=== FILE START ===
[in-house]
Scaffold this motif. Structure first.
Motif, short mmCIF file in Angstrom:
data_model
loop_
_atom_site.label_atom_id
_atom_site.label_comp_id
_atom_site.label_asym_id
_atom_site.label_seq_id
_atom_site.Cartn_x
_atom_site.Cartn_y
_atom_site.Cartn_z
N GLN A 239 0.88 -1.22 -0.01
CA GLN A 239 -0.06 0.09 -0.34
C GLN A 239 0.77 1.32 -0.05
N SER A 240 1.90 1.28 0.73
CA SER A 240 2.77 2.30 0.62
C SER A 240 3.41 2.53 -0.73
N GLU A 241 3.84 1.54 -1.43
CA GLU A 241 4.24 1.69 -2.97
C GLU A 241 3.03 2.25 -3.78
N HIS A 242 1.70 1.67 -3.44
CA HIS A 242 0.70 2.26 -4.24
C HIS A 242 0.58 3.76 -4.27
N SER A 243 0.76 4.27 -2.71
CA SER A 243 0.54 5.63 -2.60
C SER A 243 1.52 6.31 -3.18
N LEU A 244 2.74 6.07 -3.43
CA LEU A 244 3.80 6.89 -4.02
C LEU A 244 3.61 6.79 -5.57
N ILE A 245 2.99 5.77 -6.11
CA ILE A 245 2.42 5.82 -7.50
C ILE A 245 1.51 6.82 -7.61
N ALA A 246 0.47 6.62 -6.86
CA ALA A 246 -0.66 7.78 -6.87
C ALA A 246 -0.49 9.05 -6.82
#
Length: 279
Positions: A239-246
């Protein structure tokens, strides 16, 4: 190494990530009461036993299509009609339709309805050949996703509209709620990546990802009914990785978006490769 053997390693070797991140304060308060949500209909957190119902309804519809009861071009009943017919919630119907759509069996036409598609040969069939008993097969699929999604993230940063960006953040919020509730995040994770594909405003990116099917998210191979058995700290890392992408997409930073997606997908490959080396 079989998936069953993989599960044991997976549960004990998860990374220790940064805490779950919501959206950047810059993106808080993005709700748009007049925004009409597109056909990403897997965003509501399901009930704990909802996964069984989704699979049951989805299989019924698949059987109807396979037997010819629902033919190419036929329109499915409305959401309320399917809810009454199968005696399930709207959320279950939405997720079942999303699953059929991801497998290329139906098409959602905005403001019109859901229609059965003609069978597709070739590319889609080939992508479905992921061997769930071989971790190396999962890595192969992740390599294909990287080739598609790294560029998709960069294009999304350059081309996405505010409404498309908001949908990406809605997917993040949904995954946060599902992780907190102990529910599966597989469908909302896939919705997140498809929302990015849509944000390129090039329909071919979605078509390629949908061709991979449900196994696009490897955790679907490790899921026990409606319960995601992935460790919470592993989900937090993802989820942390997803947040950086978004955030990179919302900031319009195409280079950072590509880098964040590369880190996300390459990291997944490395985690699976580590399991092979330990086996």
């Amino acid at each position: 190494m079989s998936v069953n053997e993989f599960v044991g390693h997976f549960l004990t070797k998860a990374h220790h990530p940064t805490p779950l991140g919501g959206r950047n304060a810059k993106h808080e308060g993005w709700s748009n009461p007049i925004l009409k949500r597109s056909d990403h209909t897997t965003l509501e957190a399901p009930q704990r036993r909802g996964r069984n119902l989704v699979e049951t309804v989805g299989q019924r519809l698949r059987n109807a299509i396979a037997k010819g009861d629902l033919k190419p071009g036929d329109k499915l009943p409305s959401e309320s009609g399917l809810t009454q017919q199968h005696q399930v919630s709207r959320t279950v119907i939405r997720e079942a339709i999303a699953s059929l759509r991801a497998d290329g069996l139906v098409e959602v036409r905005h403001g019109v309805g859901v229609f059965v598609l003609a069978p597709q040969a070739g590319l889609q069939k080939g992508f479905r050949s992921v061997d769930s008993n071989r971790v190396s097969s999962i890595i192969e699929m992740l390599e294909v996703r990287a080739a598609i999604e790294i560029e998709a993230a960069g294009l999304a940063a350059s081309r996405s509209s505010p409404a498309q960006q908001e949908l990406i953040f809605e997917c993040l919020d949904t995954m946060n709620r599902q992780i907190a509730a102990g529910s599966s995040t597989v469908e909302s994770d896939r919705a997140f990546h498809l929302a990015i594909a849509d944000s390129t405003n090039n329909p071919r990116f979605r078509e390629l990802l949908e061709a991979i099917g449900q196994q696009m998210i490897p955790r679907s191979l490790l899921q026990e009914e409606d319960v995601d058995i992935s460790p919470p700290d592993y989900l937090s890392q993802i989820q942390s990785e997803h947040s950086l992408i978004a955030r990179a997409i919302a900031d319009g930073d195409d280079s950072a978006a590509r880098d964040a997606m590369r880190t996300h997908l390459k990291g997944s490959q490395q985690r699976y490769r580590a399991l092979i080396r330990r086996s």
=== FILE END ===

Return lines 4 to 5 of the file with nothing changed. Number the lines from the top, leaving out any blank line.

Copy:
data_model
loop_